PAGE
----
As BU seeks to position itself as a university that engages in research centred on the ‘big questions’ facing our society, it was a surprise to see that of the 10 proposed key themes, the Creative and Digital Economy has yet to gain any traction amongst BU researchers in terms of shaping the future research agenda of the University. Surely, this can’t the case?
As a former Liverpool FC manager once said “lets look at the facts”:
• Creative Industries contributed 5.6% of the UK’s GDP in 2008
• Exports of services by the Creative Industries totalled £17.3 billion in 2008
• There are approximately 182,000 businesses in the UK Creative Industries Software and electronic publishing are a significant sector
• The RCUK Digital Economy programme provides support for research into how digital technologies can contribute to the economy and society.
• The Prime Minister argued that the Creative Industries is an important growth area in the UK economy.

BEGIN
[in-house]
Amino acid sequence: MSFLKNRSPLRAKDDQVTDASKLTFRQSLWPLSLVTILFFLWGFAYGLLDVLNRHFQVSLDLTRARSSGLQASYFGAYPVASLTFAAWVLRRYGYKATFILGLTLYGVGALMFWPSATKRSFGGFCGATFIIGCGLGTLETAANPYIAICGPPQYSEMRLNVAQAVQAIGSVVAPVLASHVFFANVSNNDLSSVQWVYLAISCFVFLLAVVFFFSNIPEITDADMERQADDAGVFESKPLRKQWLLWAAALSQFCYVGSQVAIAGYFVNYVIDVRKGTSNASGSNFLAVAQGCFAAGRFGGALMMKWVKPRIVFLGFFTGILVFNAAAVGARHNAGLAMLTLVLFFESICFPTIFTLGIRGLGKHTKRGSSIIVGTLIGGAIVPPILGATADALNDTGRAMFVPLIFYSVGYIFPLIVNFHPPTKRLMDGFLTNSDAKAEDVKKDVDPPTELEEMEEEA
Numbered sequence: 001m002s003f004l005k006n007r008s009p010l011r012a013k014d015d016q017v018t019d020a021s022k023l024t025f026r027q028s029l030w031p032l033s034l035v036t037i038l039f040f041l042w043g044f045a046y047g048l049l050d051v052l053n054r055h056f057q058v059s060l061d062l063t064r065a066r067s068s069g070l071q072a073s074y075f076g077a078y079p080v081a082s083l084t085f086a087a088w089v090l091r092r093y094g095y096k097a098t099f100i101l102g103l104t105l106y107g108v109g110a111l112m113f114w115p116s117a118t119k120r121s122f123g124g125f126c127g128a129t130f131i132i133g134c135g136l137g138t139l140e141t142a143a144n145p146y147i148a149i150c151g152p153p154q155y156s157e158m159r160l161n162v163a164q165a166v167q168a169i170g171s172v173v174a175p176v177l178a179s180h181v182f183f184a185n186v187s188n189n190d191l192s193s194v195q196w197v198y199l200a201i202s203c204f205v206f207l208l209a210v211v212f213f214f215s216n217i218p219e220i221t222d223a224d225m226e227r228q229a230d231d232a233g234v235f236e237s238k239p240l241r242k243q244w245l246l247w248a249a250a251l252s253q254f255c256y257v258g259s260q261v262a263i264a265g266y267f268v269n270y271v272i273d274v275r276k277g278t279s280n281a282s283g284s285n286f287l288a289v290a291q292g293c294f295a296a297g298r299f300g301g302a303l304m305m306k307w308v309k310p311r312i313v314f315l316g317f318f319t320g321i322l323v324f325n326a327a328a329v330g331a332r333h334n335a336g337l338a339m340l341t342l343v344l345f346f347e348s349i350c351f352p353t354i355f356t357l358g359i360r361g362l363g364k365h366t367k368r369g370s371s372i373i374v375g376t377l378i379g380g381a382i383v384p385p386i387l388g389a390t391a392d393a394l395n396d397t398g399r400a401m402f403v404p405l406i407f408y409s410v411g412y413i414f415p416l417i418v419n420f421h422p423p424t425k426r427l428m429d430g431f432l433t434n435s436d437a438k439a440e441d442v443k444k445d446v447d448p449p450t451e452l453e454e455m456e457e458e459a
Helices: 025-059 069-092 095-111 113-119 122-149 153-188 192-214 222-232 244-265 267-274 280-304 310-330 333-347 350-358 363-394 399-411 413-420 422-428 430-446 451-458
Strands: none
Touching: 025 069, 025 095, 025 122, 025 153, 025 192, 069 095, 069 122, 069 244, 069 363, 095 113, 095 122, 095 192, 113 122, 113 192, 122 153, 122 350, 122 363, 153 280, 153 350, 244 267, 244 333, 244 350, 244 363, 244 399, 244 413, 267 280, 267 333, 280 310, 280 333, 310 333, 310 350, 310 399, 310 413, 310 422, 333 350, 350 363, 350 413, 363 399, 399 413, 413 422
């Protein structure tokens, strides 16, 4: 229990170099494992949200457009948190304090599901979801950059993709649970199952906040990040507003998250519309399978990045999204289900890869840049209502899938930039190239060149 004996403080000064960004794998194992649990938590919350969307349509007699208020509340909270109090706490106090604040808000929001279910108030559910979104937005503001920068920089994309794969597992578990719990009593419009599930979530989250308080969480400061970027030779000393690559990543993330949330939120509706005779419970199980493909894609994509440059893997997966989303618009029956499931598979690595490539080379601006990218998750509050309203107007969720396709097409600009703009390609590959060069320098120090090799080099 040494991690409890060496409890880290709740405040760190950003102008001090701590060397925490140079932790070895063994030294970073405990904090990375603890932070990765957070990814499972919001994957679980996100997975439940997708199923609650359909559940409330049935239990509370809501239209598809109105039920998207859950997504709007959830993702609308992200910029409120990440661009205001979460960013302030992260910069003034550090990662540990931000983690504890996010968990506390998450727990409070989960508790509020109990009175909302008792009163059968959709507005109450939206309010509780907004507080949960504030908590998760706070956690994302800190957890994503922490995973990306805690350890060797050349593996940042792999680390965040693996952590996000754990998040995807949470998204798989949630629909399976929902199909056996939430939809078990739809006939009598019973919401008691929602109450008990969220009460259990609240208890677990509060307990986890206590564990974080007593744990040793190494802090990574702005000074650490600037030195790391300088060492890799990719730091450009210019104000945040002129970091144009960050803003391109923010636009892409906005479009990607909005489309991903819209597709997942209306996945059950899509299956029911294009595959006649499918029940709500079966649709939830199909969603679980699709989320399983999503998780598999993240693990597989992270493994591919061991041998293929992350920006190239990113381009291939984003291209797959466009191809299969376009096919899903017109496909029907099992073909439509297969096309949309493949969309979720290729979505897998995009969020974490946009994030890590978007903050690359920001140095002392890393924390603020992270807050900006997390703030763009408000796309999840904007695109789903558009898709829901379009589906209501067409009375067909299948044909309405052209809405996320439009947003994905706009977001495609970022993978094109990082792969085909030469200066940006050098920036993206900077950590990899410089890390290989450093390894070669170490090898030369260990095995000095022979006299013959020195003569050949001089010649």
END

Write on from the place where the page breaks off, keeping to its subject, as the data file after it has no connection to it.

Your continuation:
• The European Commission reports that Creative Industries are among the fastest growing sectors in the EU and account for 3.3% of total EU GDP.
These figures suggest that BU needs to be engaged, and at the forefront of research in the Creative and Digital Economy…there are many big questions to be answered and many opportunities for us to get involved.
We know that this theme has run a series of successful networking events across BU over the past year or so. These have sought to encourage cross school collaboration and generate research and enterprise outputs. We also know that the Creative and Digital Economy theme has previously been defined by BU as “a multi-disciplinary approach to researching information communication technologies, computer games and animation, software development and smart technologies and the rise of intellectual property law in digital media”. Going forward we need to ensure that this focus is fit for purpose.
So I’d like to put a call out to all BU researchers interested in shaping the agenda of the Creative and Digital Economy Theme. Please come along on Thursday 16th June, 10am-12 noon in Room W242.
Dr John Oliver
Head of Research (Acting)